There was a primed plastic water pistol, yellow or green, on every table at Derek Walcott’s 84th birthday lunch at the Ladera hotel on the west coast of St Lucia. The Walcott entourage had taken over the restaurant and after we’d dined on saltfish with green bananas, the staff gathered and the guests stood up to sing ‘Happy Birthday’. Then came the carving of a three-foot-square cake embossed with a likeness in icing of the poet’s head, his cautious smile carried on layers of sponge in blue and yellow stripes, two of the four colours of the island’s flag, blue for the sea and yellow for sunshine.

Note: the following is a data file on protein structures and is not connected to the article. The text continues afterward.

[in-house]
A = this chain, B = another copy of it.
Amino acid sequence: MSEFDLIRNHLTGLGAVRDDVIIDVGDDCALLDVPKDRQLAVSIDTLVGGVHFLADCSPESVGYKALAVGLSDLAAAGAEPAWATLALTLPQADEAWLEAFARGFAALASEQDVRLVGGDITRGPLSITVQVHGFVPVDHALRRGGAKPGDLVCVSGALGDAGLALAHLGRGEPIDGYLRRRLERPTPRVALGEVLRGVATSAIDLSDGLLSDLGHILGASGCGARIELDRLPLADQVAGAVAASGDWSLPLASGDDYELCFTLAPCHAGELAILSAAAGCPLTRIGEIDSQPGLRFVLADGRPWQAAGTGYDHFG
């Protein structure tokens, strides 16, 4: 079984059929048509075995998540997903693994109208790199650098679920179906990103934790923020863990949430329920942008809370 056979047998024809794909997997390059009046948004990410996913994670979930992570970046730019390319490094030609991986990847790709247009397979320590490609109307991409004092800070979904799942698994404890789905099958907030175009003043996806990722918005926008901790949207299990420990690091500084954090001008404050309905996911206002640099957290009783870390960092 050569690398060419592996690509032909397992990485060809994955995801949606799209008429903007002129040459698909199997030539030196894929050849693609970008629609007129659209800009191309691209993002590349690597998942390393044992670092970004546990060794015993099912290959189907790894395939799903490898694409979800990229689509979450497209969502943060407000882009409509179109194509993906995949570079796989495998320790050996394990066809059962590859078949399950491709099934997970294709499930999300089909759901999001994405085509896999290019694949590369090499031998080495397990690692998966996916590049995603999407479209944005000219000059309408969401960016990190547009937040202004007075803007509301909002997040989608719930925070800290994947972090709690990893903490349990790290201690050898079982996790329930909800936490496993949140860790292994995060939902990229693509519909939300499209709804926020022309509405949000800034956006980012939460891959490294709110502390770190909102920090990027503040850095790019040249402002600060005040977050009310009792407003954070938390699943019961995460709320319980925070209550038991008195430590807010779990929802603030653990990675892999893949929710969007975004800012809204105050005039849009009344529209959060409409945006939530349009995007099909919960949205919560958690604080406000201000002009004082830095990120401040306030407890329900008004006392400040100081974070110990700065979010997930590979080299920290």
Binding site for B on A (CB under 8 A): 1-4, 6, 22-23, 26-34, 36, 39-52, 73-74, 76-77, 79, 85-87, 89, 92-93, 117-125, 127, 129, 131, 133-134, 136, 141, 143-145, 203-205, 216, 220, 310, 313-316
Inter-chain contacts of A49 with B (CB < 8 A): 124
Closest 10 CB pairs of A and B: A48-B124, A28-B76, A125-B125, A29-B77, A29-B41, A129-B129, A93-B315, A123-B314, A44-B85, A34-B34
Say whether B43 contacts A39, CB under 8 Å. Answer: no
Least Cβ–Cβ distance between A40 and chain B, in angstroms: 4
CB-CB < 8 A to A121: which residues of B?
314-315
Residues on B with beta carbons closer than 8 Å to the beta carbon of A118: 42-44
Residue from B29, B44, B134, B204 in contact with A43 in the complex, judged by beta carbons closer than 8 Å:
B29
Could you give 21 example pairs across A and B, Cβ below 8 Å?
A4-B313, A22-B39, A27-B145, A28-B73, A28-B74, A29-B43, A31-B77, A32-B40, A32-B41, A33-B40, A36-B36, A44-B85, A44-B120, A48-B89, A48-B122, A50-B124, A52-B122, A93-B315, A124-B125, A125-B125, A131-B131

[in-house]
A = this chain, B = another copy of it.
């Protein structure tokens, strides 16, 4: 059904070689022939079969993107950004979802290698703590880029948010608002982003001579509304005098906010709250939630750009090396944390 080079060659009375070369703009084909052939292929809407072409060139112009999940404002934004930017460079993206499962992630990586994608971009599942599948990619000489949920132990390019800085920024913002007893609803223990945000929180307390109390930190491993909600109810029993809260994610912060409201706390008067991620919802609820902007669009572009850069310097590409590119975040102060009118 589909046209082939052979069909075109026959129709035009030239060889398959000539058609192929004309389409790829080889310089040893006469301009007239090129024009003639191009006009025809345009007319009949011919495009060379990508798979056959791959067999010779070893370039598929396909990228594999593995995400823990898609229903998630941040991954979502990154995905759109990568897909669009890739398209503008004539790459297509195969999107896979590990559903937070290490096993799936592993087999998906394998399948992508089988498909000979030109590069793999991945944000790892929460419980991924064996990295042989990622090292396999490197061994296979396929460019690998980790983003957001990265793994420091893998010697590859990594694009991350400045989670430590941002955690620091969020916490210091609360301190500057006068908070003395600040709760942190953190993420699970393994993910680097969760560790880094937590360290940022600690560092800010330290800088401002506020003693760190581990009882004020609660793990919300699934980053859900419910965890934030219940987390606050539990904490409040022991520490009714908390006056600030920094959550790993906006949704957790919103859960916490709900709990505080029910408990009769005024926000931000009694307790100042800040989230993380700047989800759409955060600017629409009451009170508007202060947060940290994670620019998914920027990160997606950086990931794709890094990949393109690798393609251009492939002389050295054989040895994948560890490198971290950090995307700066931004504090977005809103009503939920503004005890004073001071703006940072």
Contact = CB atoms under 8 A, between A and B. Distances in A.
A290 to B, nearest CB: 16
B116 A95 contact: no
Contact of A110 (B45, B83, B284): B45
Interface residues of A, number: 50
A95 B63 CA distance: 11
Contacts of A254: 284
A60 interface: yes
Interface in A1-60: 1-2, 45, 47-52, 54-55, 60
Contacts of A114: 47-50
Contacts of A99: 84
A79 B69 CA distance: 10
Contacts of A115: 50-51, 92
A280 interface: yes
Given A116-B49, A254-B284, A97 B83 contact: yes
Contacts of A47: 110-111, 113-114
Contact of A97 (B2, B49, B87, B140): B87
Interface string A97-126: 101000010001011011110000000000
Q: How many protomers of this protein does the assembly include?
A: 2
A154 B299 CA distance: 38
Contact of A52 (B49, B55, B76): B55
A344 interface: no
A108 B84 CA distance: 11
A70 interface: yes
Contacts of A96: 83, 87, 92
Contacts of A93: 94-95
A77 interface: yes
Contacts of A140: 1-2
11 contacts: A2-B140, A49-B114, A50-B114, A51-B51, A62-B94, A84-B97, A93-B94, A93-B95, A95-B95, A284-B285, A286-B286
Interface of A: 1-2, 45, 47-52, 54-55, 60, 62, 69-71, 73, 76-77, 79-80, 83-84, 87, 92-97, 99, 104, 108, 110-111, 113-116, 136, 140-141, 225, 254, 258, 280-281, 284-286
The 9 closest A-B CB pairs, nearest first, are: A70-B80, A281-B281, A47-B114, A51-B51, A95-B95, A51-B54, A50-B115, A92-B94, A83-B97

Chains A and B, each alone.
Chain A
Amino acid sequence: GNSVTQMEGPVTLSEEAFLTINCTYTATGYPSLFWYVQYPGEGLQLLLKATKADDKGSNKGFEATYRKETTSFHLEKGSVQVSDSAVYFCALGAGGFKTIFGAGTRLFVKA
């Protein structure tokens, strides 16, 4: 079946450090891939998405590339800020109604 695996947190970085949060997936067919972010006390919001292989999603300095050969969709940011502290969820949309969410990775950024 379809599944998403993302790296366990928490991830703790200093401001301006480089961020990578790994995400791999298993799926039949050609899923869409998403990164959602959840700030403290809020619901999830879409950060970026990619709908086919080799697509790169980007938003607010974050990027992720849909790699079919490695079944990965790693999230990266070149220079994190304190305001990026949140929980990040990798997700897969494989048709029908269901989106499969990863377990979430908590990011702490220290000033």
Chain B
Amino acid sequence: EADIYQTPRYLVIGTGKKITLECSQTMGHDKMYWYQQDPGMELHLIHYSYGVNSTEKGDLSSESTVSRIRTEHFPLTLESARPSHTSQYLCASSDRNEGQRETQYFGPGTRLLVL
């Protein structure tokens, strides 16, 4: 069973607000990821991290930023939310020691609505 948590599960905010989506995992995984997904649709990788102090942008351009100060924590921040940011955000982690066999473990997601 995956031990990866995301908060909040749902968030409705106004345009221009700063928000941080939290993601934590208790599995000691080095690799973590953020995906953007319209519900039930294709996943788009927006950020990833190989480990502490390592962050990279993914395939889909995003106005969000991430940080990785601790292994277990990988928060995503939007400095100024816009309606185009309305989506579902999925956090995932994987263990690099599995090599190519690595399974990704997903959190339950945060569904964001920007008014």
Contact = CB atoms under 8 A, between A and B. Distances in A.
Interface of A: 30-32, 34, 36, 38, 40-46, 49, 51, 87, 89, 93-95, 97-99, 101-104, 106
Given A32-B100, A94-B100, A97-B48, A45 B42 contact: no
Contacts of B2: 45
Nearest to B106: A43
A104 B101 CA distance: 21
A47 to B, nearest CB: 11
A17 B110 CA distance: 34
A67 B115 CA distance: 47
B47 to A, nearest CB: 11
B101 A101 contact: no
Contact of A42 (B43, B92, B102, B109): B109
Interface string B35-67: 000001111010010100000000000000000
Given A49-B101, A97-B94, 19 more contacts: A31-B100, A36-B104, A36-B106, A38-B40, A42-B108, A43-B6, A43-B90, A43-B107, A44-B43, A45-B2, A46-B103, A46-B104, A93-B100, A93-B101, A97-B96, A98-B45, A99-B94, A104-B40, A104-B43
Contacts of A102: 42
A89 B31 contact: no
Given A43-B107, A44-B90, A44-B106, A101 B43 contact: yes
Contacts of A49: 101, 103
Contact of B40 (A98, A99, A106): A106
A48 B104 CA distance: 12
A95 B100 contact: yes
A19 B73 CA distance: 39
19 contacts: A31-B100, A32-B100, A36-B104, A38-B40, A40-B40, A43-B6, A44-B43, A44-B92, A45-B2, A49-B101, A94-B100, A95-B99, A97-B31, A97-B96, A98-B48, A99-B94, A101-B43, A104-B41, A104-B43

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[*] The Poetry of Derek Walcott 1948-2013 (Faber, 617 pp., £30, March, 978 0 571 31380 8).